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Troy Davis is Executed

Discussion in 'Off-Topic' started by LucyDuke, Sep 21, 2011.

  1. LucyDuke

    LucyDuke staring at the clock

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    Spoiler :
    Death row inmate Troy Davis has had his final appeal rejected by the US Supreme Court as he awaits execution for the murder of a policeman.

    The state of Georgia's top court earlier also rejected an appeal by the 42-year-old, whose lethal injection was scheduled for 19:00 EST (23:00 GMT).

    Seven out of nine witnesses recanted their testimony in the case. Protests and vigils have been held all week.

    Davis' request for a polygraph test was denied by prison officials.

    He was convicted in 1991 of killing Mark MacPhail, an off-duty police officer, but maintains he is innocent.

    The US Supreme Court judges took more than four hours to issue their rejection of the final appeal, an unusually long time for such a ruling.

    "The application for stay of execution of sentence of death presented to Justice [Clarence] Thomas and by him referred to the Court is denied," it read.

    Ballistic 'flawed'
    MacPhail was shot dead in July 1989 as he tried to help a homeless man who was being attacked in a Burger King car park.


    Mark MacPhail was shot dead in 1989 as he tried to defend a homeless man
    Prosecutors say Davis was beating the man with a gun after demanding a beer from him.

    But no gun was ever found and no DNA evidence conclusively linked Davis to the murder.

    On Wednesday morning, Davis' lawyers appealed to the county court responsible for Georgia's death row, but that was also rejected.

    The legal team had argued that ballistic testing from the case was flawed.

    The pardons board also dismissed an appeal to reconsider their decision on Monday to deny Davis clemency.

    During what could be his last hours, Davis had not asked for a final meal and was spending time with family, friends and supporters.

    'It has got to end'
    Prosecutors say they have no doubts as to his guilt.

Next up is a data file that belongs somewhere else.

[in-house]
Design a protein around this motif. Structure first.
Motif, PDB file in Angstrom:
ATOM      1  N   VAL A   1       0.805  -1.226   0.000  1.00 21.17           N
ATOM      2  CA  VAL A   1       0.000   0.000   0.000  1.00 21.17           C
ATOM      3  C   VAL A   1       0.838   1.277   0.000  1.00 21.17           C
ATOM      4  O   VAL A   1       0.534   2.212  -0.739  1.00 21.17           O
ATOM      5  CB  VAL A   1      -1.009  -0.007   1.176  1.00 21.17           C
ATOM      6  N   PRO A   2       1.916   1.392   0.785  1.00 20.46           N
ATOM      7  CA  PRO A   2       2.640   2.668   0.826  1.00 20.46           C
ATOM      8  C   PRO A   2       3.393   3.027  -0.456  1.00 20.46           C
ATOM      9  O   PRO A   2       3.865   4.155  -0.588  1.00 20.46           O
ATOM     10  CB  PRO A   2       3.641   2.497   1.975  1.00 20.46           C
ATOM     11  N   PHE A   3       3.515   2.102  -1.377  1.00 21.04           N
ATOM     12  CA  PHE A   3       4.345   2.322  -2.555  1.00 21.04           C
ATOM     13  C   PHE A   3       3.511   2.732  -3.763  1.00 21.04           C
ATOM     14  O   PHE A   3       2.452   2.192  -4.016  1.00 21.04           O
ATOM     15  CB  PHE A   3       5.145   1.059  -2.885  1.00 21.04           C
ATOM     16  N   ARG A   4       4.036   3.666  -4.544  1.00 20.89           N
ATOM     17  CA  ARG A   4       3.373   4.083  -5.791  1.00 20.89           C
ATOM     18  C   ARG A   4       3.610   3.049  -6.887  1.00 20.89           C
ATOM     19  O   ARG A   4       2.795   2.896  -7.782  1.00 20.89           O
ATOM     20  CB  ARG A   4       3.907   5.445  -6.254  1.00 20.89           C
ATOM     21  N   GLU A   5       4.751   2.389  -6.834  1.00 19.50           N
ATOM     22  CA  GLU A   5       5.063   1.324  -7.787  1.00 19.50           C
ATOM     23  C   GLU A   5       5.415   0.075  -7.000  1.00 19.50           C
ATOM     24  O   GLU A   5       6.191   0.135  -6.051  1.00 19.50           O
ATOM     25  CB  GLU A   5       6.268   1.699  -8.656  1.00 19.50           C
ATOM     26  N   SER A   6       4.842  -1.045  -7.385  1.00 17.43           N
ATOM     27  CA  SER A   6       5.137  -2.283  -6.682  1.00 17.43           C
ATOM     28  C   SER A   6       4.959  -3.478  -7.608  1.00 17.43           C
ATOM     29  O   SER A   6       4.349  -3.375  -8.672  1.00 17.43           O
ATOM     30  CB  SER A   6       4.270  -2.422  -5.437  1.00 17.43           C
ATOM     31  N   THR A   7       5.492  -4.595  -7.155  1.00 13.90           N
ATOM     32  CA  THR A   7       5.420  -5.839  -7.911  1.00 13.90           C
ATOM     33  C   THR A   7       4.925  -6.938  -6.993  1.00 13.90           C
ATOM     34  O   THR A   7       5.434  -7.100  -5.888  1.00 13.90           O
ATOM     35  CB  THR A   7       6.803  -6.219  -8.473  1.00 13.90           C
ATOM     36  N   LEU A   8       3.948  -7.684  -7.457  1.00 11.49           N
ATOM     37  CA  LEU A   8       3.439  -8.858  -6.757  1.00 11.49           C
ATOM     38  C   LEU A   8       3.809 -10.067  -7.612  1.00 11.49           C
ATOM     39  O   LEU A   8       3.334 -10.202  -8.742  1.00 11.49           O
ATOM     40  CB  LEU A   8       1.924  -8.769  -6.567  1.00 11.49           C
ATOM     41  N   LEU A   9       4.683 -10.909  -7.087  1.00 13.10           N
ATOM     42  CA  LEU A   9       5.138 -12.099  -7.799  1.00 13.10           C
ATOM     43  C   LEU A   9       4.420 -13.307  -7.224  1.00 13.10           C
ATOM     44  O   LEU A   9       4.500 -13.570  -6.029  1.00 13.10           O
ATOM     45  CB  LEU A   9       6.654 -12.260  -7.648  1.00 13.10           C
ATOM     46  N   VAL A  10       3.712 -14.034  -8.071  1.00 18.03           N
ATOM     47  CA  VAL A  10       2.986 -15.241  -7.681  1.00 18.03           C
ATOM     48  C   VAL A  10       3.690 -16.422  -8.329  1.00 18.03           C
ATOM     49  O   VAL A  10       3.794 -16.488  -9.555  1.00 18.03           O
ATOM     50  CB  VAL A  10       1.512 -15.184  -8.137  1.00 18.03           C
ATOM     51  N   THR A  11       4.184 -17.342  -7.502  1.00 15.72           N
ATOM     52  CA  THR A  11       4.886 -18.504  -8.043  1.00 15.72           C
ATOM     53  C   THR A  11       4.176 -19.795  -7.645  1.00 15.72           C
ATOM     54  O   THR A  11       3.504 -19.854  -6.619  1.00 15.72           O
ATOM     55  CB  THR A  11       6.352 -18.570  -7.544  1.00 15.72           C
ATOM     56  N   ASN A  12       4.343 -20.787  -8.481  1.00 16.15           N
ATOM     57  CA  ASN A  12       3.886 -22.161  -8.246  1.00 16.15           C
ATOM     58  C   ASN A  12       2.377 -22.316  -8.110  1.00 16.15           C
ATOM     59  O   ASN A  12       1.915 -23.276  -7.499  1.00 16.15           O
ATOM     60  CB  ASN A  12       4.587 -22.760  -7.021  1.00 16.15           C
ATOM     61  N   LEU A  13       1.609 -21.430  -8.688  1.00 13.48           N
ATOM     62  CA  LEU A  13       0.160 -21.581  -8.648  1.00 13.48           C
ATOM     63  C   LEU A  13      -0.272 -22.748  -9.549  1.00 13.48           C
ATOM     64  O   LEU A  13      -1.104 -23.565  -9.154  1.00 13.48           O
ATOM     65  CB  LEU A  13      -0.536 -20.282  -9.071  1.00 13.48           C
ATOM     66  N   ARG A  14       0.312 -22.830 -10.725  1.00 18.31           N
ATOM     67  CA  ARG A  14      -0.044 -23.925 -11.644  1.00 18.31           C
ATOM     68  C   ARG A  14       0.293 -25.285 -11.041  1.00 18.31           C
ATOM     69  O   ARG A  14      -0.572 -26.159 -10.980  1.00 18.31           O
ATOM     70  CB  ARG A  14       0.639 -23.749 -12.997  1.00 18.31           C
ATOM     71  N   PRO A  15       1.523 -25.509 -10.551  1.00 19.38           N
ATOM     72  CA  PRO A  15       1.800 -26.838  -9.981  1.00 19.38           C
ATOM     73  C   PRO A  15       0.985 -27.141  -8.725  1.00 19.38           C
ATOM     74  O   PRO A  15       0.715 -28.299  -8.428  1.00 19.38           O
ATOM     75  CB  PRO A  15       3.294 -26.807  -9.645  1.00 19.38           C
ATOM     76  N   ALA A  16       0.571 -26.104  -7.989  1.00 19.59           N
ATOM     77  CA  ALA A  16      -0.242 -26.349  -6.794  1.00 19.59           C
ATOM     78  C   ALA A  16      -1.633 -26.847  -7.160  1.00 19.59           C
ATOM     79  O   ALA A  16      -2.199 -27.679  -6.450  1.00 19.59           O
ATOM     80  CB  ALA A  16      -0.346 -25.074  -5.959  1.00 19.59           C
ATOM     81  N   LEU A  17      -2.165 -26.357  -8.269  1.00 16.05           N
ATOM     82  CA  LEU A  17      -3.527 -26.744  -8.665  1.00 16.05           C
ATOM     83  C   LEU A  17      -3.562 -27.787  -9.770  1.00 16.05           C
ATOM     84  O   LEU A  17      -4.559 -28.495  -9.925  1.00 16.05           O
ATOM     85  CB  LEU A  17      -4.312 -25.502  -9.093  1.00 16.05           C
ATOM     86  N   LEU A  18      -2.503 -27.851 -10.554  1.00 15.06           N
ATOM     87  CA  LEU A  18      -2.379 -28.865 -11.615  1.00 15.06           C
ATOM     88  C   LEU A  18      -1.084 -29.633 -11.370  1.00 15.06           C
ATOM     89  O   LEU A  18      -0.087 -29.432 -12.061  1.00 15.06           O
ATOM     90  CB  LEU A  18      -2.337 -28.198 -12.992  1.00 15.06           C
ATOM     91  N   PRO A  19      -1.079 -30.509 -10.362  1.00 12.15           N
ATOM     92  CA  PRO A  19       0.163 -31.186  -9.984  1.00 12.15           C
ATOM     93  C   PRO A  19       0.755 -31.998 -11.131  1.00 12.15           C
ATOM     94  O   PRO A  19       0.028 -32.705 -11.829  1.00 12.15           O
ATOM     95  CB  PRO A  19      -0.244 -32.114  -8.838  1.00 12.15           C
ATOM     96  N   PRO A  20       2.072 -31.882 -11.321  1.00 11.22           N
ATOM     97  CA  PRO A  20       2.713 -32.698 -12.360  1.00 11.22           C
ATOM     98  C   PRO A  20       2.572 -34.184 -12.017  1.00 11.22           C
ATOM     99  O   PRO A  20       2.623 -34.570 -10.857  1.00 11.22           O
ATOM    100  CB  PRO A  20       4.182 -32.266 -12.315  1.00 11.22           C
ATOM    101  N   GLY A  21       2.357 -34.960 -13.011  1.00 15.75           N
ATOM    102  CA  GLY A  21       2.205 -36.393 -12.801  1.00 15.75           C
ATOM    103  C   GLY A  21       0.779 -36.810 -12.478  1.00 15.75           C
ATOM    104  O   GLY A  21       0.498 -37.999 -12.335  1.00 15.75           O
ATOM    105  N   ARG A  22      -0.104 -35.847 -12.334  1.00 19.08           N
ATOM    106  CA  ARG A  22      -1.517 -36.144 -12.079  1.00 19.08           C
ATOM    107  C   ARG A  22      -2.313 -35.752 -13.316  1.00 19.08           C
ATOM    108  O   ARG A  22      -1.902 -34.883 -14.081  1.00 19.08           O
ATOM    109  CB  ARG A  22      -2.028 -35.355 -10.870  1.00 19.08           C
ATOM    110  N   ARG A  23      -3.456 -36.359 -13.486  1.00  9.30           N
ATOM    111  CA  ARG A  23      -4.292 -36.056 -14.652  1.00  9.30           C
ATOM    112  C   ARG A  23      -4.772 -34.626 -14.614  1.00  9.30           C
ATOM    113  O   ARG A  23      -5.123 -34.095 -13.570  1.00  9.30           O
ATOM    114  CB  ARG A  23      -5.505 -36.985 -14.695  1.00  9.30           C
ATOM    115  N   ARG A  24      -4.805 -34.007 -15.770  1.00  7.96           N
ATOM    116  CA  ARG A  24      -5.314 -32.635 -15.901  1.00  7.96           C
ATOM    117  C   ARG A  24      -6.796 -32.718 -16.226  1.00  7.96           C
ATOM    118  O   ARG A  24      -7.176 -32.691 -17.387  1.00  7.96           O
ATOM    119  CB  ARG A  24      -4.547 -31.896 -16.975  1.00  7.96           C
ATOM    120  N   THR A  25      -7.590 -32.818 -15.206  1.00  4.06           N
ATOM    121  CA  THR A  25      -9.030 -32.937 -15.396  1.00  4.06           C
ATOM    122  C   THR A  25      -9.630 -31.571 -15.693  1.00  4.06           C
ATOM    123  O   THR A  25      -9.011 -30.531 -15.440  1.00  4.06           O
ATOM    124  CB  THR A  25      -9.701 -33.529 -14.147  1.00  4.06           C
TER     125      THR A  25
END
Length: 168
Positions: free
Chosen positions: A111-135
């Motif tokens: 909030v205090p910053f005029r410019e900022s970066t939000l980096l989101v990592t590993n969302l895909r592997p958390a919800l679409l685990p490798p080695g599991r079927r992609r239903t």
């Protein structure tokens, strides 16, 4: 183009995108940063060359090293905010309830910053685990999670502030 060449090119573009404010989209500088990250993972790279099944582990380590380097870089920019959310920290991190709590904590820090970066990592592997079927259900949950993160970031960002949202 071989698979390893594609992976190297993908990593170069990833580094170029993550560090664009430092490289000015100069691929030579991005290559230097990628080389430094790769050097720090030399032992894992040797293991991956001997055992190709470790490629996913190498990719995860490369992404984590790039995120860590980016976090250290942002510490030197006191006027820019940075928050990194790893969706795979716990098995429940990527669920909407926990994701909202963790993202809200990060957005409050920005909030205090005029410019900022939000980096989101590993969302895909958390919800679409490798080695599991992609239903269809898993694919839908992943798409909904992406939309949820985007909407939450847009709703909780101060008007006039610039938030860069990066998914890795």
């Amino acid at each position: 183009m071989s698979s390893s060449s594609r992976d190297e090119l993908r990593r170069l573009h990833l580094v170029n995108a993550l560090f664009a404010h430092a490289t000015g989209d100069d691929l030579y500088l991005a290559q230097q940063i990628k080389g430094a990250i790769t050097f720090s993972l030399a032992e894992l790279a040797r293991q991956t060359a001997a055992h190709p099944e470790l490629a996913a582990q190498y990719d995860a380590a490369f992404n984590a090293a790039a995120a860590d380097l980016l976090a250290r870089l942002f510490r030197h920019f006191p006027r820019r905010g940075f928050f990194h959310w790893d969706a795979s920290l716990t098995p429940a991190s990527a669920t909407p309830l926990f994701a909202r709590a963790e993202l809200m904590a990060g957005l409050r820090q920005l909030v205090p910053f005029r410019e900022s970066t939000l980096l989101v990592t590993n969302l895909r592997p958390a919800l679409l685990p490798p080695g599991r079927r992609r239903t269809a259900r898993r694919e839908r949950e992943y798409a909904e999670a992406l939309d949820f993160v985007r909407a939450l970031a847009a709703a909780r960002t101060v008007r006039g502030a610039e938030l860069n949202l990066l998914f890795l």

"He had all the chances in the world," Anneliese MacPhail, the mother of the murdered policeman, said in a phone interview with the Associated Press news agency.

    "It has got to come to an end."

    But Davis counts among his supporters Pope Benedict XVI and former US President Jimmy Carter, as well as US conservative figures like representative Bob Barr and former FBI director William Sessions.


    Bianca Jagger says the evidence against Mr Davis is virtually non-existent
    Spencer Lawton, the district attorney who secured the conviction, told the Associated Press news agency he was embarrassed that the execution had taken so long.

    "What we have had is a manufactured appearance of doubt which has taken on the quality of legitimate doubt itself. And all of it is exquisitely unfair," he said.

    Outside the prison in Jackson, Georgia - where Davis is to be executed - a crowd of about 200 people have gathered, chanting "They say death row; we say, hell no!"

    Around 10 counter-demonstrators were also present, voicing support for the death penalty and for the family of MacPhail.

    His sister Martina Correia told reporters: "Troy Davis has impacted the world. They say, 'I am Troy Davis,' in languages he can't speak."

    There is a heavy police presence outside the prison, including large numbers of riot police, but no disturbances have been reported.

    Protests in Paris
    Davis' conviction has been upheld by several federal and appeal courts.

    He was previously denied a hearing at the US Supreme Court after a federal judge refused a new trial for his case.


    Protests in Georgia have been organized by the Amnesty International and NAACP
    Davis' execution date has been stopped three times.

    While vigils have been scheduled at both the Georgia state capitol and the jail, protests have taken on an international dimension since Monday's decision to deny clemency.

    The Council of Europe has called for Davis' sentence to be commuted.

    Amnesty International and other groups organised protests at the US embassy in Paris, where 150 people gathered in Place de la Concorde, holding signs bearing Davis' image.

    In Washington DC dozens gathered outside the White House, in the hope that President Barack Obama might intervene at the last-minute.

    Reports suggest around a dozen people have been arrested for refusing to co-operate with police.

    But White House press secretary Jay Carney said it would not be appropriate for the president to interfere in specific cases of state prosecution, such as this one.